FOIA Advisor

FOIA Focus: James Valvo, Counsel and Senior Policy Advisor, Cause of Action Institute

FOIA Focus (2015-16)Allan BlutsteinComment
Michigan_Wolverines.jpg

Q.  You were recently selected to serve on the National Archives and Record Administration’s FOIA Advisory Committee.  What do you hope to accomplish on the Committee?

A.  The FOIA Advisory Committee is an opportunity for the requester community and agency staff to connect with each other and learn about the struggles each has when it comes to working under the statute.  Our goal is that by working together and sharing information we can craft solutions that will benefit both sides of the FOIA equation.  There are several elephants in the room, including the ever-increasing volume of requests, finite agency budgets, and agency failure to comply with statutory deadlines.

Personally, I’d like to find ways to both improve the administration of FOIA while introducing mechanisms to hold agencies accountable for decisions they make that are unsupported by the statute or caselaw.

Q.  If you could change anything about the FOIA, what would it be and why?

I’d like to get more information from the agency in the final determination letter.  As a requester, it is often difficult to know whether the agency’s decisions on fees, sufficiency of the search, or application of redactions is proper.  That leaves the requester in the untenable position of appealing in the hopes of winning or living with an unclear final determination. 

For example, agencies sometimes deny a request for a fee waiver or fee classification without providing information on how the requester has come up short.  Similarly, a description of the search, including names of records custodians and offices searched would allow requesters to better understand how the agency went about looking for the requested records.

Q.  What is the most unusual FOIA response that you have ever received? 

A.  The most unusual responses are usually errors by the FOIA officers, which are quickly reversed with a phone call or administrative appeal.  For example, I remember learning about a response were the requester was told that an entire class of records (Inspector General reports) were categorically not subject to FOIA.  A short email to the agency head quickly reversed this improper position.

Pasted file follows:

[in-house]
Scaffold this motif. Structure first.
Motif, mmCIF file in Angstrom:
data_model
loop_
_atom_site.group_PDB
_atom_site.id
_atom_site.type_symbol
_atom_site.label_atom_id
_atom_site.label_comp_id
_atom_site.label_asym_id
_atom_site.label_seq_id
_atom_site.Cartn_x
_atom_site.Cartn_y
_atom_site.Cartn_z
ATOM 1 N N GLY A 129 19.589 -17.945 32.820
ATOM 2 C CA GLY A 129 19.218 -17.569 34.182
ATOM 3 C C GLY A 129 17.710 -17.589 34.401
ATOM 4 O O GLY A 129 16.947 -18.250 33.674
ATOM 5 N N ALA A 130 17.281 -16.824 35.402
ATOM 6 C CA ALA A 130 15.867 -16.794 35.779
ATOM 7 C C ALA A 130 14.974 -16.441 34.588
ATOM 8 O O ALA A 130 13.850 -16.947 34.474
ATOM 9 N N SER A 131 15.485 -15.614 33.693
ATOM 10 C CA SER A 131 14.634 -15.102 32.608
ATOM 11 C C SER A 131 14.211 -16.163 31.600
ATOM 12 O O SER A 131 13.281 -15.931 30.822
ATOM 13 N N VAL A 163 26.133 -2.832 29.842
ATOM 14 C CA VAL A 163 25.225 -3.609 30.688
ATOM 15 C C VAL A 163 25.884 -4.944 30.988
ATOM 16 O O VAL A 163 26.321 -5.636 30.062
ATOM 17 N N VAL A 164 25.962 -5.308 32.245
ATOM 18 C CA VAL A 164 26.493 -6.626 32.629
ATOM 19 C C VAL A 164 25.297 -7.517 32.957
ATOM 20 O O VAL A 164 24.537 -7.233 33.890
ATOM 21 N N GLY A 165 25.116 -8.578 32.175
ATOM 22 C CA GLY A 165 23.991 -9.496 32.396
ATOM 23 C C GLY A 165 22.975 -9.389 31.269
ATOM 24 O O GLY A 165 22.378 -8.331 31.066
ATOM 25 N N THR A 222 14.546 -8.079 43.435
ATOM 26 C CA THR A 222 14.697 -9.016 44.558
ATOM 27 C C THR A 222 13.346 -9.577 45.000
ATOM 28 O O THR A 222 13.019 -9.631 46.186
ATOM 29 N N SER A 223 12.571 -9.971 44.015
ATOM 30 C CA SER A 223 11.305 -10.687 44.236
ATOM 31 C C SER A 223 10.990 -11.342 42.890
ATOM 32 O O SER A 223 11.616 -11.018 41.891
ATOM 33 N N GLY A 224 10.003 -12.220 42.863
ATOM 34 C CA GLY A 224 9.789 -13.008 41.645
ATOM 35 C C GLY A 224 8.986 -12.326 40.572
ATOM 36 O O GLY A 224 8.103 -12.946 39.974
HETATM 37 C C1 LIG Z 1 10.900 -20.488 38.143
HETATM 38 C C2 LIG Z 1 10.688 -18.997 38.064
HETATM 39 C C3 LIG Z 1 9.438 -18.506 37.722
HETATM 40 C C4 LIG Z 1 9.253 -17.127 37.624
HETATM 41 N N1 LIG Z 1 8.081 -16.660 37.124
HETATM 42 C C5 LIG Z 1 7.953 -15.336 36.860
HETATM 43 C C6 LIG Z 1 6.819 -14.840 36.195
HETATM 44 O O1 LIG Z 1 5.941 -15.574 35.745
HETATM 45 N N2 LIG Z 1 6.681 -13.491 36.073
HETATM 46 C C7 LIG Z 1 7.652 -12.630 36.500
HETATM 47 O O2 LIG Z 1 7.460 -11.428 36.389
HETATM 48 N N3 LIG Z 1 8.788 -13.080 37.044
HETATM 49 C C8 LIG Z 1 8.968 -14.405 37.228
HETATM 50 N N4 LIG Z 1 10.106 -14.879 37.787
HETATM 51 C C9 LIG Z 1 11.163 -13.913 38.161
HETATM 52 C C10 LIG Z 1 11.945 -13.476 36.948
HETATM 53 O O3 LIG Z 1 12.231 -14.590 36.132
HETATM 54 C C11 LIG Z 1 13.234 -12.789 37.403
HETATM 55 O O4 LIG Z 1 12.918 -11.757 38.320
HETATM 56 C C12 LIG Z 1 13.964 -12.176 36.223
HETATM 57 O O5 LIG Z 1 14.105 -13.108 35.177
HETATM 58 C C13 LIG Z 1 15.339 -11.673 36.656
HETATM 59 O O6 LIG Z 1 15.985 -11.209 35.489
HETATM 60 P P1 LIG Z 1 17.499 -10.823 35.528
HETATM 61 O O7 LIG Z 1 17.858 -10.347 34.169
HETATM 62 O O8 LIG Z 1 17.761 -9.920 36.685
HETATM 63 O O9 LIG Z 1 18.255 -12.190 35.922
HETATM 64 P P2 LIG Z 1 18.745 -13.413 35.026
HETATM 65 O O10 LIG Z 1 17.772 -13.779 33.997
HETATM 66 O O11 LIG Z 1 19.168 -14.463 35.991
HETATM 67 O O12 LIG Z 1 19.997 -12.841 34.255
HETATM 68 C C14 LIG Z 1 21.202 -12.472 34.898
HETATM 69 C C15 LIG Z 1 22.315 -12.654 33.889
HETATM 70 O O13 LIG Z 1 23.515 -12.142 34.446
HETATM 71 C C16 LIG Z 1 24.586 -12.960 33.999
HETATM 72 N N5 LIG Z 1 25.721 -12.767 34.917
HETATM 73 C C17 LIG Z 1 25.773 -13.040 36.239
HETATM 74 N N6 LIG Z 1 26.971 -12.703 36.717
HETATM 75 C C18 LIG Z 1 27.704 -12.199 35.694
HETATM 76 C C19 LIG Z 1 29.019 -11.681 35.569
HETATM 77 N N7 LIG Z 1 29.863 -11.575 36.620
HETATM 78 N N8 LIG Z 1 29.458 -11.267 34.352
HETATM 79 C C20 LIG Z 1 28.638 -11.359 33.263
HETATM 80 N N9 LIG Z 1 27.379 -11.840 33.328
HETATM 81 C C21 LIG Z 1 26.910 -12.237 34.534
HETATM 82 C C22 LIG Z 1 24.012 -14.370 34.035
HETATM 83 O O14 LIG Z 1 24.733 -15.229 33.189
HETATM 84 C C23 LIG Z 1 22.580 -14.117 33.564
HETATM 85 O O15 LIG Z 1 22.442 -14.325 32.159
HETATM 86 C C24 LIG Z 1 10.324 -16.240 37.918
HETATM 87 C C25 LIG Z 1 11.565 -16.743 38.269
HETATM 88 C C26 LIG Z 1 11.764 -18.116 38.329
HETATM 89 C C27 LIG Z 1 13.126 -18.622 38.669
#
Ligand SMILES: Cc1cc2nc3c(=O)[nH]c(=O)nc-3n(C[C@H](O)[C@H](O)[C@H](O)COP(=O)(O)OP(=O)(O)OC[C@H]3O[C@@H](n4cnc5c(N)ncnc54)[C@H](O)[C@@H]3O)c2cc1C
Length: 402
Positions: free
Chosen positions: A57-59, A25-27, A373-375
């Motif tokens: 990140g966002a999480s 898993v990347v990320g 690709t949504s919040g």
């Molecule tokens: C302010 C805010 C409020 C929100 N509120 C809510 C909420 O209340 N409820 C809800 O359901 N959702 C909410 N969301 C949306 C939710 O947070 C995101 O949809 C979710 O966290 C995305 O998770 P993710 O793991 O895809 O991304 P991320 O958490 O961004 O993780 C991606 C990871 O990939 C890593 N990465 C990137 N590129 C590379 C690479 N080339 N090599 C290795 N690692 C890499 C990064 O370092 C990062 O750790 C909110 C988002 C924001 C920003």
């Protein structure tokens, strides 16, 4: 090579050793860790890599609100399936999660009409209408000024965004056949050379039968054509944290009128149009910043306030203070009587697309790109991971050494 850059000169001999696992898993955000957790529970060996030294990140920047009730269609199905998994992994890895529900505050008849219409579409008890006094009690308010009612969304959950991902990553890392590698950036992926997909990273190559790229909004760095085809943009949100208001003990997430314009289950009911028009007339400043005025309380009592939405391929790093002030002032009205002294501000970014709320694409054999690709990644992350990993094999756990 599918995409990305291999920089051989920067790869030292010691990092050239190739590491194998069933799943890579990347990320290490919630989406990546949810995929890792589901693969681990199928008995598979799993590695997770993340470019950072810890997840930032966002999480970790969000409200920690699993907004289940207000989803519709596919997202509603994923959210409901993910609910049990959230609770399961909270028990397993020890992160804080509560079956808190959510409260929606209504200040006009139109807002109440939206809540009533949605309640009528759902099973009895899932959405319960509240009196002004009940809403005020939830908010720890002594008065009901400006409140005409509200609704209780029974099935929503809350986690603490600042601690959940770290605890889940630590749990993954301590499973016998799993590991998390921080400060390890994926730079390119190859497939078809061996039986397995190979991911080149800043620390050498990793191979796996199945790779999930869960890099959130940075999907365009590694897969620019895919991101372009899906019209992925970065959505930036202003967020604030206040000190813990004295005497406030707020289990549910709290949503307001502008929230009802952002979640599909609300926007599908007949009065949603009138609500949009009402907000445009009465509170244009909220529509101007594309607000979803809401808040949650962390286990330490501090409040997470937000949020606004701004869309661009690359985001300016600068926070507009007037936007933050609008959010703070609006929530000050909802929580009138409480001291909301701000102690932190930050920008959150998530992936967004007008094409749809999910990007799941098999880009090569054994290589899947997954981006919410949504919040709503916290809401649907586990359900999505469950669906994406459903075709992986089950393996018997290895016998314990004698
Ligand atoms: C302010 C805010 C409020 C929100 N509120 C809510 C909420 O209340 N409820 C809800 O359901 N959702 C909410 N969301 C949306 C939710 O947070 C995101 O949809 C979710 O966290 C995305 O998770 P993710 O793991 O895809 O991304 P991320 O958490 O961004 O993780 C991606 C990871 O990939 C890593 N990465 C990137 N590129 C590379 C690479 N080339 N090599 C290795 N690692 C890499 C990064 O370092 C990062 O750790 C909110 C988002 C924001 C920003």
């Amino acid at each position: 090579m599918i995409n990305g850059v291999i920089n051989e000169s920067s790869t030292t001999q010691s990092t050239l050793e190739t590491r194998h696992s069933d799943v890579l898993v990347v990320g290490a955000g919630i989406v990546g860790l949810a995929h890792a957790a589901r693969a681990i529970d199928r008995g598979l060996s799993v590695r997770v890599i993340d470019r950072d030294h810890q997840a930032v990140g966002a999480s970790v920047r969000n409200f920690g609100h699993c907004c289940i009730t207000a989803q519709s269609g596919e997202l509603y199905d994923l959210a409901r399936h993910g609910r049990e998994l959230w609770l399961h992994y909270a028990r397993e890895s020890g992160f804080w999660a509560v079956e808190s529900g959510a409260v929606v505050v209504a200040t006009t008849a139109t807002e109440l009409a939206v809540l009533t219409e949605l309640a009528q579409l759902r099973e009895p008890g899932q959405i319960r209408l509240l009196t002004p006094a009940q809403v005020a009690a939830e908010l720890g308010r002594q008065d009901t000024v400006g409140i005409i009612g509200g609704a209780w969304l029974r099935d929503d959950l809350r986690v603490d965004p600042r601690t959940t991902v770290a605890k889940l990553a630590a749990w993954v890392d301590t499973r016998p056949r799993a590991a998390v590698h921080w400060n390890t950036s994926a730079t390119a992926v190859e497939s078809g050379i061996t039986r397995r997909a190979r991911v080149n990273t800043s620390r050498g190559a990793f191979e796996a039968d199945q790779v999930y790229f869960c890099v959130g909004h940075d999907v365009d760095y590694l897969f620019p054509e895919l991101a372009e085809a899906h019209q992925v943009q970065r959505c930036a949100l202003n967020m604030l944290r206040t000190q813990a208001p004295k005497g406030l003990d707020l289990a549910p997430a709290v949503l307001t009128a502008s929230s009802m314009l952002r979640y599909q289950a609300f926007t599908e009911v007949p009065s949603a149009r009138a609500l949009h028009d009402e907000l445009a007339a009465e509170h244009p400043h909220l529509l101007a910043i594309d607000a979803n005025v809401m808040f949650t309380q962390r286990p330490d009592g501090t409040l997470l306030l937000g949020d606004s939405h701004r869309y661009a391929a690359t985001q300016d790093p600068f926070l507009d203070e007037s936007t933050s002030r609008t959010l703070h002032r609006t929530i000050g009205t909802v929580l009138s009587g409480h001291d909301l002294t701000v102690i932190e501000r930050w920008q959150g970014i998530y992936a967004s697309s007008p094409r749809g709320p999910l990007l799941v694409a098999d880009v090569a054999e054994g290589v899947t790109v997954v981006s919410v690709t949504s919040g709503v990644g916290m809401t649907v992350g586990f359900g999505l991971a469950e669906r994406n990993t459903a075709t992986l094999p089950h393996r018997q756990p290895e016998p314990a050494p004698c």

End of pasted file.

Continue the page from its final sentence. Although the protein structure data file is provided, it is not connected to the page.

Q.  What suggestions would you give to new FOIA requesters?

A.  Describe the records you’re seeking as specifically as possible.  This may seem like obvious advice but I often come across very broad requests that don’t really explain precisely what they’re looking for.  Use plain English and give as much detail as possible; don’t try to hide the ball.  Try to put yourself in the position of the FOIA officer receiving the request.  How would you go about beginning a search for the records you’re seeking?  And for the lawyers out there, you’re not writing a discovery request.

Q.  What is your view on the government’s “release to one, release to all” project?

Release to one, release to all is an interesting policy agencies may soon take to post nearly all of their released FOIA productions on their websites.  Agencies processed more than 700,000 FOIA productions last year.  If in the future most of their productions go online we will see a dramatic increase the amount of information available to the public.  That is a good thing.  

But of course, the devil is in the details.  It will be important that agencies post the information in a manner that is easily searchable and able to discovered by individuals that may be seeking that information in the future.  If the agencies only post a series of PDF files with little information about their contents, this policy may do little good.  However, if agencies take the time to include tags or other descriptions of the types of information in the files, this policy may make a dent in the volume of future FOIA requests and increase the public's understanding about government.   

I also believe that the Department of Justice’s Office of Information Policy is taking the right approach by acknowledging that different agencies have different capacities and restraints.  Allowing each agency to steadily make progress toward full adoption of release to one, release to all is the right approach. 

Where did you go to school and what did you study?  

I went to American University in Washington, DC for both undergrad and law school.  My degrees are in political science and law.

What are your favorite sports teams?

I grew up in Michigan so I'm a fan of the Tigers, Lions, Red Wings, and University of Michigan.  Go Blue!